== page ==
It helps to reduce the probability of false alarm. m5 .threshold may lead to false alarm or missed detection at high possibility. m2 . As a result. Faulty Normal Faulty? Normal Motor Probability Abnormal Motor 25% Single Threshold 100% true Constant % K b Figure 8. and r = 1. (2) using a single threshold can cause high rates of false alarm and missed detection. two more intermediate states are introduced in this study. When the mean value of the system parameter for a motor with fault is beyond 25 % K b the single threshold can cause false alarm and miss detection.6 shows the probability density functions of the estimated system parameters for motors with and without fault. Given the respective mean values of the true true system parameters: 25 % K b and 100 % K b . 69 . m6 ∈ R . A Kb few empirical rules can be integrated into the decision-making procedure. suppose that Figure 8. Vehicle automation is allowed if the system status remains normal after an amount of time. 6 Probability distribution of system parameters under fault or no fault To solve these problems. This example shows that the difficulties lie in the following issues: (1) the estimated parameter can be viewed as the “noisy version” of the true value. These rules are listed as follows: . m1 . m4 . For example. true . it is easy to distinguish the motor status by using a single threshold. m3 . This is mainly because the density functions do not overlap. the fault flags contain four states: fault _ flag = 0 (Healthy) fault _ flag = 1 (Not yet determined) fault _ flag = 2 (Probably Faulty) if m3 > r ≥ m4 if m4 > r ≥ m5 or m2 > r ≥ m3 if m5 > r ≥ m6 or m1 > r ≥ m2 if r < m6 or r > m1 fault _ flag = 3 (Faulty) ˆ K b .where m1 > m2 > m3 > 1 > m4 > m5 > m6 > 0 .

the system status remains normal. steering column. These include the inertia forces from the wheel. If the status is “not-yet-determined” for some time and if the signal power in the time window is larger than a certain quantity. Steering Actuator Encoder A Torsion Bar Torque Sensor Encoder B Reaction Motor Rack and Pinion Figure 8. the fault flag shows “not-yet-determined” since the magnitude of the measured voltage (dotted line) exceeds the desired voltage (solid line) from 8 to 10. A reaction motor is also employed to mimic the dynamics of the “unmodeled” system components and the realistic vehicle response. the system will be identified as “faulty” and a warning signal must be given to alert the bus driver.8 shows the experimental results from a normal motor. 4. The initial system status is set to one. If the system status falls into “faulty”. rack and pinion. the assist torque from the power steering. The first result is delayed by 5. the status turns to “faulty”. the status turns to “probably faulty”.7.5 and 12 sec.2 Experimental Validation A hardware-in-the-loop (HIL) environment was created to test the proposed fault detection method. as shown in Fig. After t = 12 sec. torsion bar. 8. This HIL simulation includes most components in an actual steering system: steering wheel. 7 Components in the steering workbench Figure 8. Between 10.2.5 sec due to the small induced voltage. and steering actuator. If the system stays in the “probably-faulty” status for a long time and the power of the desired signal exceeds a threshold. The steering input starts at t = 6 sec and the first identified result shows up at 10.5 sec. 8. 3.5 sec. 70 . the aligning torques from tires. as well as the large friction and damping forces from the tire-ground interface.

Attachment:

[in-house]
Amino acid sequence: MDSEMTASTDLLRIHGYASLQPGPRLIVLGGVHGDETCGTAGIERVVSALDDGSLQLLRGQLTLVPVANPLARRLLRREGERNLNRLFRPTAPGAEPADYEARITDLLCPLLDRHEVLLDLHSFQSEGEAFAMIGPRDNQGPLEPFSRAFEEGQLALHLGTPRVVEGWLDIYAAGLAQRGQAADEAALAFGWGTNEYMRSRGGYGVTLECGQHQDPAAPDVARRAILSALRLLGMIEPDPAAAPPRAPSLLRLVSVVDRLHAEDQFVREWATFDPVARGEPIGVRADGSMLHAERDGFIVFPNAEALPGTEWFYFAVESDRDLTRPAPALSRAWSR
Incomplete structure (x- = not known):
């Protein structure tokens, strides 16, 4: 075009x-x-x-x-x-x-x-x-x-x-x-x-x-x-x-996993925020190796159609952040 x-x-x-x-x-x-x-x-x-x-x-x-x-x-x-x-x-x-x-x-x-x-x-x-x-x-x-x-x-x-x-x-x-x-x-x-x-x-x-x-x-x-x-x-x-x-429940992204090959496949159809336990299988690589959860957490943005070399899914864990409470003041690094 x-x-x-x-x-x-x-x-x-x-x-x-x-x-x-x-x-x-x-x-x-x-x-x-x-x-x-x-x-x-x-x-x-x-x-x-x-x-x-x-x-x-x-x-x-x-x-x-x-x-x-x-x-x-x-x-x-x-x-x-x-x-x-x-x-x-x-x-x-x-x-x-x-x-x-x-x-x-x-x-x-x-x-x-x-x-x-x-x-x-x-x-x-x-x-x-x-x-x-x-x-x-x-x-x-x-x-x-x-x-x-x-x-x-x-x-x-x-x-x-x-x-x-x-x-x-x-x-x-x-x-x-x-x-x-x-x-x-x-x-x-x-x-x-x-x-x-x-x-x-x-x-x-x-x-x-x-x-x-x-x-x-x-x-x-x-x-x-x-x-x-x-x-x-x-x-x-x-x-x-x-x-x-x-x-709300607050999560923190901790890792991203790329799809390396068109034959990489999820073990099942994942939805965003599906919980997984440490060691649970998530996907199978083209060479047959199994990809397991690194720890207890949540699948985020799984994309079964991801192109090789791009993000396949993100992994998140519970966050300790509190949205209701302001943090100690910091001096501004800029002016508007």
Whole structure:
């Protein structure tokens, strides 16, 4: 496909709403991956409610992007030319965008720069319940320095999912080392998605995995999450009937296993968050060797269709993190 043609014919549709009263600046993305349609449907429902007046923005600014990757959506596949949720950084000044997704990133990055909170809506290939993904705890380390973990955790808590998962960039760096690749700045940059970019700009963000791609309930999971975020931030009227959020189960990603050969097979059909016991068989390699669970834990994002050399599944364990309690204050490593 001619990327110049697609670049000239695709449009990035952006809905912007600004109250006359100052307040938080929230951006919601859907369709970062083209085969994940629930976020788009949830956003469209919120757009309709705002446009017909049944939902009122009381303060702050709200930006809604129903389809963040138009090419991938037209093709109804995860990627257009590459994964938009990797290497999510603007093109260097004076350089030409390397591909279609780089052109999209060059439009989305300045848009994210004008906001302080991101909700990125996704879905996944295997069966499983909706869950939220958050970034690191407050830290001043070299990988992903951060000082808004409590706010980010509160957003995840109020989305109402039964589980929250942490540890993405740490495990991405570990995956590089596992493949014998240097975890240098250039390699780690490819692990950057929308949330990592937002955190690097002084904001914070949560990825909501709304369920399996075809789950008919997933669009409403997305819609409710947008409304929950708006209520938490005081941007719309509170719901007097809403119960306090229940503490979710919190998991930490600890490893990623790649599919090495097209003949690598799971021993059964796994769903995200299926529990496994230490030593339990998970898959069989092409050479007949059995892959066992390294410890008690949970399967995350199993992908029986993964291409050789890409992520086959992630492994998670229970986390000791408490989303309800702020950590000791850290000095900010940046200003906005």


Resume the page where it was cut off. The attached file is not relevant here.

The fault flag shows “faulty” between 7 and 9 seconds.7.Figure 8. It should be noted that in this experiment the rules in Section 8. The estimated parameter ranges from 0. In this example.9 shows the experimental results under fault. 8 Motor/ECU in normal condition Figure 8. the true back emf constant was reduced to 40% of the nominal value.2 have not yet been incorporated in the 71 .1 to 0. 9 Motor/ECU under fault Figure 8.